However, there are not enough shelter beds available now or in the near future to house all of the homeless at Camp Hope, either at the Trent shelter or elsewhere. As of Monday night, there were 91 shelter beds available throughout the Spokane system, according to, far less than what would be required to house those staying at Camp Hope, let alone all homeless Spokane residents.

The Trent shelter is currently permitted to hold 350 people, not including up to 25 staff members, according to reporting by Range media. Woodward insisted Monday that the capacity of the Trent shelter could be “flexed” up to 450 beds and that the city doesn’t want to turn anyone away, but added that the Salvation Army, which manages the shelter, does not currently have the staffing to safely do so.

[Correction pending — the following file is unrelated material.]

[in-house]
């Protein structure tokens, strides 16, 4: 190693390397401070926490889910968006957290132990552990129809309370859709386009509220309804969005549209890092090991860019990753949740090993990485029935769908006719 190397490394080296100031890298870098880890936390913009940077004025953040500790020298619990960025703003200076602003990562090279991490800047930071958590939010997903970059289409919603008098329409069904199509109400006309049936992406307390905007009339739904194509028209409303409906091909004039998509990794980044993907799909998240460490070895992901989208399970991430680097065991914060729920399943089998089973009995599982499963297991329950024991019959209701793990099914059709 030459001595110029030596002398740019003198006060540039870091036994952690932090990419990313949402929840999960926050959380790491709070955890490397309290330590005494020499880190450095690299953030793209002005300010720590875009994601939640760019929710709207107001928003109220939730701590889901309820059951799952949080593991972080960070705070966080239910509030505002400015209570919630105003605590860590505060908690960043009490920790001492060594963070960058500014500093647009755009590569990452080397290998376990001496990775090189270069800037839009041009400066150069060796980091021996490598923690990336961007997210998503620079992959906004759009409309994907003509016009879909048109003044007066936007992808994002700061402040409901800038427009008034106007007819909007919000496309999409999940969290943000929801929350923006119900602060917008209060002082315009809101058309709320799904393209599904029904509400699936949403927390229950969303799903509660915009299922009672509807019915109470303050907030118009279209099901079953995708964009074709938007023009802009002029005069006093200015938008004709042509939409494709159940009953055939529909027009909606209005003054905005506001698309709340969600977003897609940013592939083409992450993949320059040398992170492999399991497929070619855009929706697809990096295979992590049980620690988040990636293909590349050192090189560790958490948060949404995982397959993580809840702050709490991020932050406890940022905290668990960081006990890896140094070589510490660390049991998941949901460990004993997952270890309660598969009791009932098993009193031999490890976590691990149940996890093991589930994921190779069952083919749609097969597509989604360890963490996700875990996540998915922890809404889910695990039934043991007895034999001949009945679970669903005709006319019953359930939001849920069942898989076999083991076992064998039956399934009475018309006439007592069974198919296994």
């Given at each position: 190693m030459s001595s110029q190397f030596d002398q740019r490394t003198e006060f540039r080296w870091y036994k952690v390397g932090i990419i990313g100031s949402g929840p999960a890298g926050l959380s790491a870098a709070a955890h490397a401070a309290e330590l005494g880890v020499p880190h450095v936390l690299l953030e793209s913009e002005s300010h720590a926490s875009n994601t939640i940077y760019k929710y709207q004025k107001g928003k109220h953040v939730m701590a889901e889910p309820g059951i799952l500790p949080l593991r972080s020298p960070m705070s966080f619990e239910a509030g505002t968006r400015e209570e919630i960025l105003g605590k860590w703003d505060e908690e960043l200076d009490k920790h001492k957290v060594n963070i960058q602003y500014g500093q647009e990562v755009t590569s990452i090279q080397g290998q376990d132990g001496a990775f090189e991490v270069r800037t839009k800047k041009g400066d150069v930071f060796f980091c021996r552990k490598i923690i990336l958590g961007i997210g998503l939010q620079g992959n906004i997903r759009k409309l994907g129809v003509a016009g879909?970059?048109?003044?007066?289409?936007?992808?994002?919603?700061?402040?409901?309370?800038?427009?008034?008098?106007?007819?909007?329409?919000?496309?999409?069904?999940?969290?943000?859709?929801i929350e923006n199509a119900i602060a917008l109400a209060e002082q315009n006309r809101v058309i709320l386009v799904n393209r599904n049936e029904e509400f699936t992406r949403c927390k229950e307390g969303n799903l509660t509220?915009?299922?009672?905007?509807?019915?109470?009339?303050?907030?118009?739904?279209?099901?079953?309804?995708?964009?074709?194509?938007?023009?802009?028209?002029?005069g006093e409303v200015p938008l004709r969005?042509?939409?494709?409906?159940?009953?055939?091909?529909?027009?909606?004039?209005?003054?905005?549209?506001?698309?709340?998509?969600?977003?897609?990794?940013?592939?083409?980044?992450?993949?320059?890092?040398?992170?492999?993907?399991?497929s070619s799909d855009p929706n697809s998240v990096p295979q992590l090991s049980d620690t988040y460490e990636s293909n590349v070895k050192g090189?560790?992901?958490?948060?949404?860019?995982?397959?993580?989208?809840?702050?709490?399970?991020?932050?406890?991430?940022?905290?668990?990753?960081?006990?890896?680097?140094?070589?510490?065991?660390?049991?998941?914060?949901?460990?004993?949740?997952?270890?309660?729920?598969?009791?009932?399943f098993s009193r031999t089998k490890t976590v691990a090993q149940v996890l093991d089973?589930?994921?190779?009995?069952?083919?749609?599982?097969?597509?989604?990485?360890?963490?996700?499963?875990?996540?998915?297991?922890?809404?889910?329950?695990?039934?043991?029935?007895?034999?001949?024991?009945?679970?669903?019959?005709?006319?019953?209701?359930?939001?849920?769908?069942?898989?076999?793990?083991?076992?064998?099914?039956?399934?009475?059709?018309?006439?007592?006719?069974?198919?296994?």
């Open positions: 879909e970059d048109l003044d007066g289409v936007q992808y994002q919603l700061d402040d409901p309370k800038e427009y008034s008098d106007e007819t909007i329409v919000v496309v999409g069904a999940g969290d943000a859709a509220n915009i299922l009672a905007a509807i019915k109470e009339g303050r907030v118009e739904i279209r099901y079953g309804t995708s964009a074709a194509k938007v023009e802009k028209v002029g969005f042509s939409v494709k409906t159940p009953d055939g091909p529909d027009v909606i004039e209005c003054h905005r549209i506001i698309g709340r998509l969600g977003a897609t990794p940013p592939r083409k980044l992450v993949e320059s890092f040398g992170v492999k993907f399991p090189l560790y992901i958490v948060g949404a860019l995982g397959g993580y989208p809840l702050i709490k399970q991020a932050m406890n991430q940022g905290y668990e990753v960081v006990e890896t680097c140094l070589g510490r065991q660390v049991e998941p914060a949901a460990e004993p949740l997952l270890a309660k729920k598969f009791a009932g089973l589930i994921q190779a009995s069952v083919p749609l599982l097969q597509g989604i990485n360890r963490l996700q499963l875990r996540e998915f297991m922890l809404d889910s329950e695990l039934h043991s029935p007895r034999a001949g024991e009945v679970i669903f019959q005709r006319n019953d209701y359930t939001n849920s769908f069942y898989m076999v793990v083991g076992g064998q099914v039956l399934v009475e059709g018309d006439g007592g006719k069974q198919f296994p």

“That’s what we’re working on,” Woodward said.

But Woodward, Kuney, Meidl and Nowels largely avoided addressingn the lack of shelter space Monday, short of calling for the state to provide more funds. Instead, they blamed ongoing court battles for “limiting our ability … to move people into a warm place.”

The restraining order, issued Dec. 12 by U.S. District Court Judge Stanley A. Bastian, restricts local law enforcement from forcibly evicting residents, arresting them without individual probably cause or using infrared technology to surveil the camp.

The order came days after at least a dozen law enforcement officers from the Spokane Sheriff’s Office, Spokane Valley Police Department and Spokane Police Department arrived at the camp unannounced on Dec. 6 and handed out leaflets stating “this camp is to be closed.”

The leaflets, which officers and deputies handed out again on Dec. 7, also provided some information for homeless services, though camp organizers said the information was already widely available and the leaflets contained inaccurate information.

Though law enforcement have stated that the outreach was intended to connect residents with services, camp organizers and residents called the exercise little more than an attempt to intimidate. They pointed to the number of law enforcement personnel, as well as the warning of impending closure.